Twitch And Blizzard Partner Up On Esports, Exclusive Content

It's hard to stand out in a crowd. But that's exactly what Twitch and Blizzard plan to do with their new partnership, which will make Twitch the exclusive third-party live-streaming platform for "more than 20" Blizzard tournaments between now and the end of 2018. The collaboration will also offer exclusive in-game items for Overwatch, Heroes of the Storm, and other Blizzard titles to people with active Twitch Prime memberships.

The partnership could help Twitch and Blizzard attract more attention from their respective audiences. Twitch needs to stand out from competitors like YouTube Gaming and Mixer; being the only place to find popular games like StarCraft II and Hearthstone could help with that. Giving exclusive items to Twitch Prime members could also encourage more people to sign up for the service, which offers free loot, ad-free streaming, and one channel subscription every 30 days. (That could make Amazon Prime more appealing, too, because it gives you access to Twitch Prime.)

In return, Blizzard gets the backing of the world's largest game-streaming platform. Games like Overwatch, Heroes of the Storm, and Hearthstone are perfect for tournaments where top players can strut their stuff. Blizzard seems to be aware of this--it recently introduced the Overwatch Contenders tournament to help ambitious players get noticed, and the Overwatch League and Overwatch World Cup are all devoted to current pros. The company's also making a push for Heroes of the Storm and Hearthstone, and the StarCraft series has been popular in tournaments as well.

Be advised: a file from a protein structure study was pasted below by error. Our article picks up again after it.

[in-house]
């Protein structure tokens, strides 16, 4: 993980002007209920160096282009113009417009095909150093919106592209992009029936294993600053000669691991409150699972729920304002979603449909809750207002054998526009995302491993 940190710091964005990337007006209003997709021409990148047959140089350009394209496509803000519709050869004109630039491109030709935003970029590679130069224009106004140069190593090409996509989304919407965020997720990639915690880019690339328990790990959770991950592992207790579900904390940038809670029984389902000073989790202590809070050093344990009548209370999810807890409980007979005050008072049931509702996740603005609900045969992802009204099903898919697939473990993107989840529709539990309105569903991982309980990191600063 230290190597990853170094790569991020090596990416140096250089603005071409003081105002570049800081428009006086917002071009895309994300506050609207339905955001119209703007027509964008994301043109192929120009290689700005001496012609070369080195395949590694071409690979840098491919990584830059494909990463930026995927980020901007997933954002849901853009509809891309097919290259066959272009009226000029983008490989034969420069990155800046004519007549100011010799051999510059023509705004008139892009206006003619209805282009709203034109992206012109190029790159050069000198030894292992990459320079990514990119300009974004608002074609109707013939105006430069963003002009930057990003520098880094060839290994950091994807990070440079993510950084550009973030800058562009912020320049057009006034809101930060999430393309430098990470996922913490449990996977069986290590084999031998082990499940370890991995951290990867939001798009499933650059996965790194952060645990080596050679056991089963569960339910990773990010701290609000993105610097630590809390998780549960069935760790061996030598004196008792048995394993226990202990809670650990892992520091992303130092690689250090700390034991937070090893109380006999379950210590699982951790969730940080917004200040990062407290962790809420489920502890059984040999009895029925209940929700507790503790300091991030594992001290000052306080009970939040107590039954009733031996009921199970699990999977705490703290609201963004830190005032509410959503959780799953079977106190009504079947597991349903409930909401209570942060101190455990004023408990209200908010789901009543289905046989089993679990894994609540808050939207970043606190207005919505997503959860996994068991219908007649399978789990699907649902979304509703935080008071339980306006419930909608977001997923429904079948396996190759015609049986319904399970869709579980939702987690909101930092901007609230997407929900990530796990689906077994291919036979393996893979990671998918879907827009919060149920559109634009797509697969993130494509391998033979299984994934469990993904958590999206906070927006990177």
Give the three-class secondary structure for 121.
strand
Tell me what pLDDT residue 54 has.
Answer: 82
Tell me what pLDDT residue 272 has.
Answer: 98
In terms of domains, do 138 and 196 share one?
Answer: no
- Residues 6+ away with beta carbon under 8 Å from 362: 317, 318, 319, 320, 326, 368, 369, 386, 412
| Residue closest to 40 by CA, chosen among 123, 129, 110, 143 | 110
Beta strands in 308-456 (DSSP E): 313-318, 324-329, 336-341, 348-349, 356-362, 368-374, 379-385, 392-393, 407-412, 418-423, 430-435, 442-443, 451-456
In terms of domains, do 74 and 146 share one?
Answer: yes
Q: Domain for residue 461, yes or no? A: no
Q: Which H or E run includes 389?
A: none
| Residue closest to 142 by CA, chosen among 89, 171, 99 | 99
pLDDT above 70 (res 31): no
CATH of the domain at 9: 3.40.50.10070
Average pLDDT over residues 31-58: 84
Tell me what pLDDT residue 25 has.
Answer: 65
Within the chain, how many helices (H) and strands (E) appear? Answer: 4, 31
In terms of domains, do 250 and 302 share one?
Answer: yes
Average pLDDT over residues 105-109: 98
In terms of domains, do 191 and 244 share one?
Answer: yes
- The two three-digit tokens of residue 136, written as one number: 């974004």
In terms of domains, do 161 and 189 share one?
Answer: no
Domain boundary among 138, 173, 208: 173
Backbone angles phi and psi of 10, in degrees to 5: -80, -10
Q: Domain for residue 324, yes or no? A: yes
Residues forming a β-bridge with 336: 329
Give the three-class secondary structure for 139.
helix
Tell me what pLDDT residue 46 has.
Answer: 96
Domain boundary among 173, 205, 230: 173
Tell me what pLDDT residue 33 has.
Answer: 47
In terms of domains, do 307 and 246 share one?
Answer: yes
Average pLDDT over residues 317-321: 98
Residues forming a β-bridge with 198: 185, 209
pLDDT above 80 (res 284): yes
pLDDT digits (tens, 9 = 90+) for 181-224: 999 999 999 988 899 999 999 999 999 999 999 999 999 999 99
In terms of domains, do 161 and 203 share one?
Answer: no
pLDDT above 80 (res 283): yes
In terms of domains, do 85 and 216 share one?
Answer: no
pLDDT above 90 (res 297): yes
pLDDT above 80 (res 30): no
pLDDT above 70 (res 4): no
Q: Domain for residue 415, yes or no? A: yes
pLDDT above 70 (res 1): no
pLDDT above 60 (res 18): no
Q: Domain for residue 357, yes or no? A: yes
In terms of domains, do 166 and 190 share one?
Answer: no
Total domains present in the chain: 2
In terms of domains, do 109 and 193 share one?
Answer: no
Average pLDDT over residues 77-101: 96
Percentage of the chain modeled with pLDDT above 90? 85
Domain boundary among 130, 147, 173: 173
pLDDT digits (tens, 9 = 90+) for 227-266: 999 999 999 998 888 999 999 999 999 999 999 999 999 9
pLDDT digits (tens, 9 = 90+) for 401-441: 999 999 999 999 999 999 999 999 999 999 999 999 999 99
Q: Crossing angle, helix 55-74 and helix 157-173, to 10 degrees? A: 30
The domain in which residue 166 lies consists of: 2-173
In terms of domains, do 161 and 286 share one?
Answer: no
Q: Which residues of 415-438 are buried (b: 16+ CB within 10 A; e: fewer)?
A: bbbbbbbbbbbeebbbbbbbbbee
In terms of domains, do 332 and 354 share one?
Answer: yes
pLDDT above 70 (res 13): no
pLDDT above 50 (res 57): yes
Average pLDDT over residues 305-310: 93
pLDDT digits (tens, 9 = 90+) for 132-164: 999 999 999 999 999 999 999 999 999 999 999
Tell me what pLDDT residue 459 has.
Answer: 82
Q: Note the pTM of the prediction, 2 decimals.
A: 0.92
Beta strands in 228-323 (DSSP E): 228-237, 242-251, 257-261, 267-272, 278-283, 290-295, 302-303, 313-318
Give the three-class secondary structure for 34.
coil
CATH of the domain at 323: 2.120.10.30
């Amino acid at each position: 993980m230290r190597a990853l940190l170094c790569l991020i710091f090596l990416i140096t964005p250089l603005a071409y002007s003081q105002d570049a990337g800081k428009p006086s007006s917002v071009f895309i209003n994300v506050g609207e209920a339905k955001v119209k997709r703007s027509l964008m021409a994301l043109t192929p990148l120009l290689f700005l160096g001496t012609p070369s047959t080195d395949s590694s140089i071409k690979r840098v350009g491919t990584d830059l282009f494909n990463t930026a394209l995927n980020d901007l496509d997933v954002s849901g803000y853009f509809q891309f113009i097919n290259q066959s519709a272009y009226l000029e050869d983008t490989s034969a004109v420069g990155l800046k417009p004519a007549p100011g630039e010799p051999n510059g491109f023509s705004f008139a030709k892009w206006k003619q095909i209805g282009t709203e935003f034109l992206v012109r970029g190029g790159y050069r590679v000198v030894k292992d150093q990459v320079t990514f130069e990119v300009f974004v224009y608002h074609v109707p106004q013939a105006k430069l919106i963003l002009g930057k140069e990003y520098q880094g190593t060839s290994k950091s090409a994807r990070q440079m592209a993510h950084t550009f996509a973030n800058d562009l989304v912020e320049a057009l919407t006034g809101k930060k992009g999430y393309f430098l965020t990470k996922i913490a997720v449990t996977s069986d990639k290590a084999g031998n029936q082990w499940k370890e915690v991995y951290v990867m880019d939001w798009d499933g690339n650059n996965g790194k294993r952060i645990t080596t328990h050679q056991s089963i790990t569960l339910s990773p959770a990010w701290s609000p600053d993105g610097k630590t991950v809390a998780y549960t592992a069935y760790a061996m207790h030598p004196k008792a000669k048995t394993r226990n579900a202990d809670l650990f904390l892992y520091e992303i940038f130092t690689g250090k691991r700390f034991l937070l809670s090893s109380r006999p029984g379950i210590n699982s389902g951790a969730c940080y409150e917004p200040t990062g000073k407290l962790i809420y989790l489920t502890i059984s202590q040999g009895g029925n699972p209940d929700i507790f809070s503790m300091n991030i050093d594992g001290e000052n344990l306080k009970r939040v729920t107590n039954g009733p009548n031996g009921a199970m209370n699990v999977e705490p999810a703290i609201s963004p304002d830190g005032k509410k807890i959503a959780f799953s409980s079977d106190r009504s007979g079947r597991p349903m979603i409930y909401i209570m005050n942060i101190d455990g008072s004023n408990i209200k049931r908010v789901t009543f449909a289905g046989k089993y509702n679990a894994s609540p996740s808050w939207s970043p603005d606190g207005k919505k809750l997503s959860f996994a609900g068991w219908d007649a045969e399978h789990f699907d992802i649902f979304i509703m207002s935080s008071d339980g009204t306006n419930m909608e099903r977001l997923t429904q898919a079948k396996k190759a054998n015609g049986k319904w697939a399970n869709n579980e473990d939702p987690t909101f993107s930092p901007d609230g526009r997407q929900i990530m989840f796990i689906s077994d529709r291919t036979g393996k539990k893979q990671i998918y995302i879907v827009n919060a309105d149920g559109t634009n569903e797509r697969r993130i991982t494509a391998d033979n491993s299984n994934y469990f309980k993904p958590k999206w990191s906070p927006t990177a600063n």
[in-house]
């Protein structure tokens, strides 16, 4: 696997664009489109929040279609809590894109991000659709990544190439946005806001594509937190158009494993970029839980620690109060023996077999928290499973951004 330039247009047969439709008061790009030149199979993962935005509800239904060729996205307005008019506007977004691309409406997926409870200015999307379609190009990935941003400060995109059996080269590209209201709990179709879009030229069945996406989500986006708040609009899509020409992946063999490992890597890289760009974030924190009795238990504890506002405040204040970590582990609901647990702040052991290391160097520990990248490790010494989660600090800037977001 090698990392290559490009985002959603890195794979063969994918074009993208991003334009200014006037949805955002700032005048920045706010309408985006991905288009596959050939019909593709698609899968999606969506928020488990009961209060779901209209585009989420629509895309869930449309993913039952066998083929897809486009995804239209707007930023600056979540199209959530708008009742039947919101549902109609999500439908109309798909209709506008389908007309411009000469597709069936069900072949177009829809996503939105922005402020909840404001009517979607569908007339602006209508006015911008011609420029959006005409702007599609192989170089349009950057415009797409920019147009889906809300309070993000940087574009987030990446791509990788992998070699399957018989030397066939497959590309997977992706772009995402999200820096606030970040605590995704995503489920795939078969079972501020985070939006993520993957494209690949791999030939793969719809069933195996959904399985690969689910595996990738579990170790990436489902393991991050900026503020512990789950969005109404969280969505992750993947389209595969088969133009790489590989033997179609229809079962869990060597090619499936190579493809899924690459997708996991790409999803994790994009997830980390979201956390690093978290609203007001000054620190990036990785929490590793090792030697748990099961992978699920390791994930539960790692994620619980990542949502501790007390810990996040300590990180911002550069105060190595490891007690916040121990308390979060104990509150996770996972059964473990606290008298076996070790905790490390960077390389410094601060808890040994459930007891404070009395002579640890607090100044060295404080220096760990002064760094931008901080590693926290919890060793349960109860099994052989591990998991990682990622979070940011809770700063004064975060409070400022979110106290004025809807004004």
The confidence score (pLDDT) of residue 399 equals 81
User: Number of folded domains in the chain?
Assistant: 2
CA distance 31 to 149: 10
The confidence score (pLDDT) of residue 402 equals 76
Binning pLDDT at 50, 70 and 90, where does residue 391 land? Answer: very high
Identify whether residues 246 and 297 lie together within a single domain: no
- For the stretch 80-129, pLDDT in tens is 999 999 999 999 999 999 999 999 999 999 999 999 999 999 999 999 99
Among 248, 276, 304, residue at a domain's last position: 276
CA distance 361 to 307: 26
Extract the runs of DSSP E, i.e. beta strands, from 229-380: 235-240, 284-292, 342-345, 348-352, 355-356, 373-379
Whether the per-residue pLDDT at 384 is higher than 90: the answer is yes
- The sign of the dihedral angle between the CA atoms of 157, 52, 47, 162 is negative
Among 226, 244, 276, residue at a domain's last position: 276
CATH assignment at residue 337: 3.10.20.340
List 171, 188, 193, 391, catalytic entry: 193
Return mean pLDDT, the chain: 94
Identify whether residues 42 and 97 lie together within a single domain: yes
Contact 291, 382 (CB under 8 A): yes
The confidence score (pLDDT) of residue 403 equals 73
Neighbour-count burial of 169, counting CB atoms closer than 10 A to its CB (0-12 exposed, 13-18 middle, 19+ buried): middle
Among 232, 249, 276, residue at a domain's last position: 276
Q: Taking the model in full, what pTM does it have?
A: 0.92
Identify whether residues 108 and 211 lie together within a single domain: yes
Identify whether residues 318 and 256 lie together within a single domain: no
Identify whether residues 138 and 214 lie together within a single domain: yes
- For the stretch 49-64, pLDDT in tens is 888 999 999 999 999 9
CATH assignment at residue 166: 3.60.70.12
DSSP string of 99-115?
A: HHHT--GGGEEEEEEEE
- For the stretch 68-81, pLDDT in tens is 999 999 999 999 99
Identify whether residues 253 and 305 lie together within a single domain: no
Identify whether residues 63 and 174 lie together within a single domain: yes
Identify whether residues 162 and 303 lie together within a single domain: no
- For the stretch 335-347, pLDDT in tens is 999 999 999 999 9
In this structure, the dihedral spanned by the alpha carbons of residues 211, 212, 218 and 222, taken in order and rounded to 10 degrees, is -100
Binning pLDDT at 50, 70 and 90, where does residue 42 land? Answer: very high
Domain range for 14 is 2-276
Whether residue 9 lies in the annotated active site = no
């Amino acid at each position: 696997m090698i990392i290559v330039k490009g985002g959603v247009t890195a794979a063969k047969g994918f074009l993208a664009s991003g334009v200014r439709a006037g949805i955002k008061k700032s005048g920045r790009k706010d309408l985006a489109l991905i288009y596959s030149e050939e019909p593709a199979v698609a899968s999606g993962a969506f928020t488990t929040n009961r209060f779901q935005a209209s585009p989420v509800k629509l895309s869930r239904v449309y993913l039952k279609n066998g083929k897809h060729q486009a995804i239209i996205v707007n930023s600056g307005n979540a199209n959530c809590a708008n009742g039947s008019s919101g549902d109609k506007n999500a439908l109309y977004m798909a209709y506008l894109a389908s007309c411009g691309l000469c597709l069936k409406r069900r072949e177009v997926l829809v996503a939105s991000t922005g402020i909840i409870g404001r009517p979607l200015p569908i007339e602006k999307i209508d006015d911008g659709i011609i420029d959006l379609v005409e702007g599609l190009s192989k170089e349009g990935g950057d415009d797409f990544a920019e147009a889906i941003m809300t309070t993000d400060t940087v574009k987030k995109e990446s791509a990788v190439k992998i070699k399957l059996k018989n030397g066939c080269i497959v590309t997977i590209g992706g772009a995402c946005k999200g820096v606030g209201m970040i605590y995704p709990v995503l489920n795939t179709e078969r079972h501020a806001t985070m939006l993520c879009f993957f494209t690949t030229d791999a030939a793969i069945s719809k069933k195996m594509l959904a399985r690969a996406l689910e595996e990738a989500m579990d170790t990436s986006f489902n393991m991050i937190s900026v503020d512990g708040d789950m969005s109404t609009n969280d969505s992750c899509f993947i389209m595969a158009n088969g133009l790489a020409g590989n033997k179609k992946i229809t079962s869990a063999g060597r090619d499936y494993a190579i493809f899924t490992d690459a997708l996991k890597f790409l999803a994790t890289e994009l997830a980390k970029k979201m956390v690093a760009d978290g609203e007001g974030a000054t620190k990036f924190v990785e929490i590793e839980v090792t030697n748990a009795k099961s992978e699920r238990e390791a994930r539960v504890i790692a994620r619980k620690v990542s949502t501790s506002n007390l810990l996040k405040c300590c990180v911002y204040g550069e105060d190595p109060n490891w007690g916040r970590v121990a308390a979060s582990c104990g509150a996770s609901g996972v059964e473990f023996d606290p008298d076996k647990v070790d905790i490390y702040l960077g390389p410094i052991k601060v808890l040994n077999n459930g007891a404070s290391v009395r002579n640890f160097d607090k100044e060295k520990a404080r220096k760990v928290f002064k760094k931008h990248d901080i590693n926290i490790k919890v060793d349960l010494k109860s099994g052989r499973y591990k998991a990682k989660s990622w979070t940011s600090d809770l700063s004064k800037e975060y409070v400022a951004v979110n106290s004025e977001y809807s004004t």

Other games have the lead on some of Blizzard's titles, however, which is why the Twitch partnership makes sense. Someone might tune in to an Overwatch tournament if they see it on Twitch's homepage, for example, even if they weren't previously interested in the title. It seems like a mutually beneficial arrangement--and the extra loot for Twitch Prime members gives you a few benefits for supporting both companies, too.

The first thing you'll get is a new Golden Loot Box for Overwatch that's guaranteed to contain one of its Legendary-tier items. (Overwatch doesn't let you directly purchase skins, voice lines, emotes, or other customization features; you have to open loot boxes that randomly dole out various items.) You'll also get 10 more free loot boxes--five in August, five in October--if your Twitch Prime membership remains active. Twitch said in its announcement that  similar promotions are planned for Heroes of the Storm and Hearthstone in August and September, respectively.

You can learn more about the Overwatch promotion on Twitch's website. It's worth noting that none of this should affect your favorite streamer--if they want to live-stream Heroes of the Storm via YouTube Gaming and StarCraft II via Mixer, they can. (Barring any technical difficulties.) To drop the "e" from esports for a second: This is like the MLB giving exclusive streaming rights to Facebook Live. That doesn't mean you can't share your kid's baseball game via Periscope; it just means professional games will be restricted to that platform. It makes sense for the same to happen in esports.

Nathaniel Mott
Freelance News & Features Writer

Nathaniel Mott is a freelance news and features writer for Tom's Hardware US, covering breaking news, security, and the silliest aspects of the tech industry.